By David Stevens
The newspaper receives a lot of anonymous letters. Usually, I read them and throw them away.
We almost never publish unsigned letters. We even have a rule against publishing them.
So what happens when an anonymous writer provides information that’s essential to our readers?
I break the rule, of course.
This letter, neatly typed and addressed to “Movie Reviewing Person,” was received last week:
“I just got back from viewing the new movie ‘Charlie’s Angels.’ I have never written anyone about my opinion regarding a movie before. But this time I have just got to speak up.
“To sum up the movie, IT STINKS BIG TIME. What has the public done to deserve this? … I should have known, when early in the movie the usher came through the theater spraying room freshener.
“I did know very early in the movie that I had made another bad choice; one that I could add to the “Dumb and Dumberer” collection.
“I kept praying, ‘Lord please help me through this one and I promise I will never go against my better judgment again.’ But what could I do? I had a big bag of popcorn and a big drink and I couldn’t just leave with them. What would people think?
“So I endured about three quarters of the movie, just to get through my popcorn and big drink, and then I did it. I pulled my shirt over my head and snuck out. I didn’t want anyone to recognize me.
“I felt like I had escaped from jail (again) or something. PLEASE do what you can to try and stop any other unsuspecting soul from venturing into this horrible experience. … PLEASE! SAVE THE CHILDREN!”
• • •
Ever ask a question just to see if the answer will surprise you? I do that all the time, and I’m often surprised.
Through Project: Reader Reaction, I ask readers to respond to a series of question about once a week. Last week, I asked for memories of Katharine Hepburn, who died June 29 at age 96.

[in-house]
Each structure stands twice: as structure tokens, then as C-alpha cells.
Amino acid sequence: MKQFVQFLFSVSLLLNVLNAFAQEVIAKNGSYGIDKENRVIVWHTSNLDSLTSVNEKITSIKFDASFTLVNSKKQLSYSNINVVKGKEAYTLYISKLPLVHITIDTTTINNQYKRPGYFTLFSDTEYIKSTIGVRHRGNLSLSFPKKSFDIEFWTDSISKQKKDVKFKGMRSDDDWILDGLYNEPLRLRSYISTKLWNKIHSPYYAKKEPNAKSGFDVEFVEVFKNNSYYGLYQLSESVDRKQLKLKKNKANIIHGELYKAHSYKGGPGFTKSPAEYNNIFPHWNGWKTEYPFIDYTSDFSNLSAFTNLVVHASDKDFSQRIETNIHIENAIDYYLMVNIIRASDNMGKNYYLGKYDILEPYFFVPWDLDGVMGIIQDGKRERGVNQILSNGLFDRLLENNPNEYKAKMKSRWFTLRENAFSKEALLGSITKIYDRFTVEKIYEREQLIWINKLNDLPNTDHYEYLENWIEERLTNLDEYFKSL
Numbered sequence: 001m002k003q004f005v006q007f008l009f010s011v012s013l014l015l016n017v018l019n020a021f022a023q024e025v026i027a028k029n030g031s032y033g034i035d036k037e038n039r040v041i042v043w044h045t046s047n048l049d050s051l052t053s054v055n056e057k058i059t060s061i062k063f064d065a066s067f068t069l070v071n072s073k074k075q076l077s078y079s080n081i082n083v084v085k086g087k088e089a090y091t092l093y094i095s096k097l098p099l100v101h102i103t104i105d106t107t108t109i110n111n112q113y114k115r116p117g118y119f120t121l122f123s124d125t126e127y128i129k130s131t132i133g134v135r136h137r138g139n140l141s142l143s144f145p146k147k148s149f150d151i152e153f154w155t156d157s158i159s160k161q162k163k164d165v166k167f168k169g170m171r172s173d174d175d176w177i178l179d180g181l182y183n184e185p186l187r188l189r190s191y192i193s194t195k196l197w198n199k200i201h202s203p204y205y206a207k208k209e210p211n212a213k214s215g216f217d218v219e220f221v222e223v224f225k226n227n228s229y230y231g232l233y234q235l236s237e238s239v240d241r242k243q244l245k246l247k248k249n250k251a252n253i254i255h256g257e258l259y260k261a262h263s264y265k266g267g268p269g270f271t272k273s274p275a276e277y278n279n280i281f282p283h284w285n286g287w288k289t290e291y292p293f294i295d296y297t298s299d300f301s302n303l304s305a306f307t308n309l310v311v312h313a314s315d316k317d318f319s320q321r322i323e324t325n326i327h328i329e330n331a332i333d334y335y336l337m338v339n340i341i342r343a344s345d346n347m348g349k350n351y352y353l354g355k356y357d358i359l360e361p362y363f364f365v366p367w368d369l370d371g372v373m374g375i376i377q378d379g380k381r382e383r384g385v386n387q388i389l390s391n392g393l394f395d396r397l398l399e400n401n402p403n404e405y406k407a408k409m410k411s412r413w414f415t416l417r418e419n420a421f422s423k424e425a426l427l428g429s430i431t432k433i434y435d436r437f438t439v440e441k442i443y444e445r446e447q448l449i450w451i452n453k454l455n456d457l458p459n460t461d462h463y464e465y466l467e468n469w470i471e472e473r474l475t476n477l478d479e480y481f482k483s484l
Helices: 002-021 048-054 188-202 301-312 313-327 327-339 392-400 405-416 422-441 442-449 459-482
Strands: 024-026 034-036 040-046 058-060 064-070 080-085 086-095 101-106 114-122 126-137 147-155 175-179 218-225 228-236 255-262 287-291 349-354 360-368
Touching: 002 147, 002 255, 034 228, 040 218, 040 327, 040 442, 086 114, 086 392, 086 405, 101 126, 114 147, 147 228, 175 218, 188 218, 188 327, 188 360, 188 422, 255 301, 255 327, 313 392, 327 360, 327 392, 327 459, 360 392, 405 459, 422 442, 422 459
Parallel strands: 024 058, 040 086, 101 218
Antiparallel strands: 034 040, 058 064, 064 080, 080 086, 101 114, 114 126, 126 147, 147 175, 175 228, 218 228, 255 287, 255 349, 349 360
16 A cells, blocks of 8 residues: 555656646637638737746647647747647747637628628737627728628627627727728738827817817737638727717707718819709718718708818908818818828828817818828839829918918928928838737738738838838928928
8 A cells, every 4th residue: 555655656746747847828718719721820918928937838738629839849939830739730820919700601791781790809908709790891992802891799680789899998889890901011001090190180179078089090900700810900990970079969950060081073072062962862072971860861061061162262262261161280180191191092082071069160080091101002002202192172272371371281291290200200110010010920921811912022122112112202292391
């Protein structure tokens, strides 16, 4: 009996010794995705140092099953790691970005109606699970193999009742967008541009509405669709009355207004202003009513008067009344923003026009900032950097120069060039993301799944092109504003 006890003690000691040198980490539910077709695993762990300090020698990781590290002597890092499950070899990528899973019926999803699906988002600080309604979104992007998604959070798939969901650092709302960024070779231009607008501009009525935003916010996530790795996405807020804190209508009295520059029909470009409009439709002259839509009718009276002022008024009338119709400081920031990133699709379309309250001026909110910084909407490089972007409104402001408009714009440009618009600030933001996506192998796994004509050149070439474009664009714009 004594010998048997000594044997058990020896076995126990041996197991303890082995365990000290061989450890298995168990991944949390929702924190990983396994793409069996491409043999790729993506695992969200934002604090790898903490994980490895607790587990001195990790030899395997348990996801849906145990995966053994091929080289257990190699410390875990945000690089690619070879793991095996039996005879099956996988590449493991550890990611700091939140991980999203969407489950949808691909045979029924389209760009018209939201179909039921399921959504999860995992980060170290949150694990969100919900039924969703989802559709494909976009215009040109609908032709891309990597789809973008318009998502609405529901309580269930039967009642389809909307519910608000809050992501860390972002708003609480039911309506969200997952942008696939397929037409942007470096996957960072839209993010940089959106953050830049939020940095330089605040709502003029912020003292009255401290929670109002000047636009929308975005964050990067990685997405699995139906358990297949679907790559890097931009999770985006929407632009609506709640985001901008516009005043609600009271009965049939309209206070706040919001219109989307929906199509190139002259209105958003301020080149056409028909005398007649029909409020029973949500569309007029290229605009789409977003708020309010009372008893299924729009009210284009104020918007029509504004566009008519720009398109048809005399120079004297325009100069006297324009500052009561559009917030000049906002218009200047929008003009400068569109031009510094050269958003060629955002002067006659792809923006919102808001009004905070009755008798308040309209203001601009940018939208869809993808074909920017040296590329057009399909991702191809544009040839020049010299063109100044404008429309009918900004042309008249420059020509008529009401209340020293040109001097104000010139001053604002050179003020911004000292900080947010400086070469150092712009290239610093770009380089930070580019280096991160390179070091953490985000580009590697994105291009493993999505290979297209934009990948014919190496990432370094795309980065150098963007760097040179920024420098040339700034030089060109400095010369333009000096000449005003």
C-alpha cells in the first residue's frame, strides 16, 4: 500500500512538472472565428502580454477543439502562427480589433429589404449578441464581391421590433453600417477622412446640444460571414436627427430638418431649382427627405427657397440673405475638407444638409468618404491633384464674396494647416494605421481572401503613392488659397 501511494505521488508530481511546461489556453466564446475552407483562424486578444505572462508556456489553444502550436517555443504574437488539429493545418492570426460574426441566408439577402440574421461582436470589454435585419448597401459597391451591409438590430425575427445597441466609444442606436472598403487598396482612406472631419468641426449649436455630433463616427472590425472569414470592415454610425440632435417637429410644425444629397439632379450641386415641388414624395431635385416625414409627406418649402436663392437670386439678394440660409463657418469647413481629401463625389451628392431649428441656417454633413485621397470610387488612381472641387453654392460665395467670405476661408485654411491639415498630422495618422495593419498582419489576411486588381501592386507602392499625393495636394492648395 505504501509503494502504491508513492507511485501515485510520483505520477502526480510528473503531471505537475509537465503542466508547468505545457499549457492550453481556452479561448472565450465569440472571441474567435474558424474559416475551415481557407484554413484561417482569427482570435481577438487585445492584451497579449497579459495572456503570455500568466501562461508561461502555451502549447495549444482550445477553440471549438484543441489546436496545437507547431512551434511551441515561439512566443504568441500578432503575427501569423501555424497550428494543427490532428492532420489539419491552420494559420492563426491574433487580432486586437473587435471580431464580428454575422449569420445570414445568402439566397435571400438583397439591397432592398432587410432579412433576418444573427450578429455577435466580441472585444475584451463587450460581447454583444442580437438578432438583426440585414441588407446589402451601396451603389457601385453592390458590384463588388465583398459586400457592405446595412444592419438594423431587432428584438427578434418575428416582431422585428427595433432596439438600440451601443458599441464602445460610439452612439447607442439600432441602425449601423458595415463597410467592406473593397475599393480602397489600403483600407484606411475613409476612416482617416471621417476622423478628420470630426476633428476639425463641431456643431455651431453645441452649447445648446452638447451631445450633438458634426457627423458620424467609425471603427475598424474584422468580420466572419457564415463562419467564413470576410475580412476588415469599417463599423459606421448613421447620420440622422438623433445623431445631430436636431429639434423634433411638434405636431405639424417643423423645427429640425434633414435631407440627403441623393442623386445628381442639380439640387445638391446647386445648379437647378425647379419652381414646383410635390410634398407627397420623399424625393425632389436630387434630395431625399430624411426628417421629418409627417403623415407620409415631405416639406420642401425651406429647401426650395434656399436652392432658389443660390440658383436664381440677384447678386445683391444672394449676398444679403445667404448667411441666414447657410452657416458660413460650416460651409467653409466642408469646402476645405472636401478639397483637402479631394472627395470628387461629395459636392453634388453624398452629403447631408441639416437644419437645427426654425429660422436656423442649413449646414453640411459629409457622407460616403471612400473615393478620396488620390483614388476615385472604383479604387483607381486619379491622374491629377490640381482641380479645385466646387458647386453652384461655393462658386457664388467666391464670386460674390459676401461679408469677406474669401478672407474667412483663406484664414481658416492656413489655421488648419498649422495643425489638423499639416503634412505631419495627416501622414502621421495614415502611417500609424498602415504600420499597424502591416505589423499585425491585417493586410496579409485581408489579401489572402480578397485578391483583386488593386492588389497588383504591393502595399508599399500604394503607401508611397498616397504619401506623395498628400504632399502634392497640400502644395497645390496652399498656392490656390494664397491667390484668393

Most responses focused on scenes from her movies. Two were more interesting:
• “My dad, my sister Pat and I saw Katharine Hepburn on Broadway in an obscure musical called Coco, which was about the life of French fashion designer Coco Channel.
“Ms. Hepburn was already in retirement. Midway through the piece she forgot her dialogue and said the hell with it, and just spoke to the audience until somebody fed her the correct line.
“I thought, wow, now there’s a woman who knows how to make the most out of a mistake. She never apologized, just went right on. She owned that stage, and everyone of us sitting in that theater.
“To this day, I can’t remember (much about) that play, but I’ll never forget her.” — Christy Mendoza, Clovis
• “(My) favorite Katharine Hepburn memory: Watching Katharine Hepburn and Humphrey Bogart pushing the African Queen past all obstacles to the open sea, but giving up and then waking to find they had succeeded after all! I was so impressed that we named our first-born child after her. (Katharine Fly)” — Carolyn Spence, Clovis
From the Editor’s Desk is a weekly memo to CNJ readers. David Stevens can be reached at 763-6991, extension 310, or by e-mail: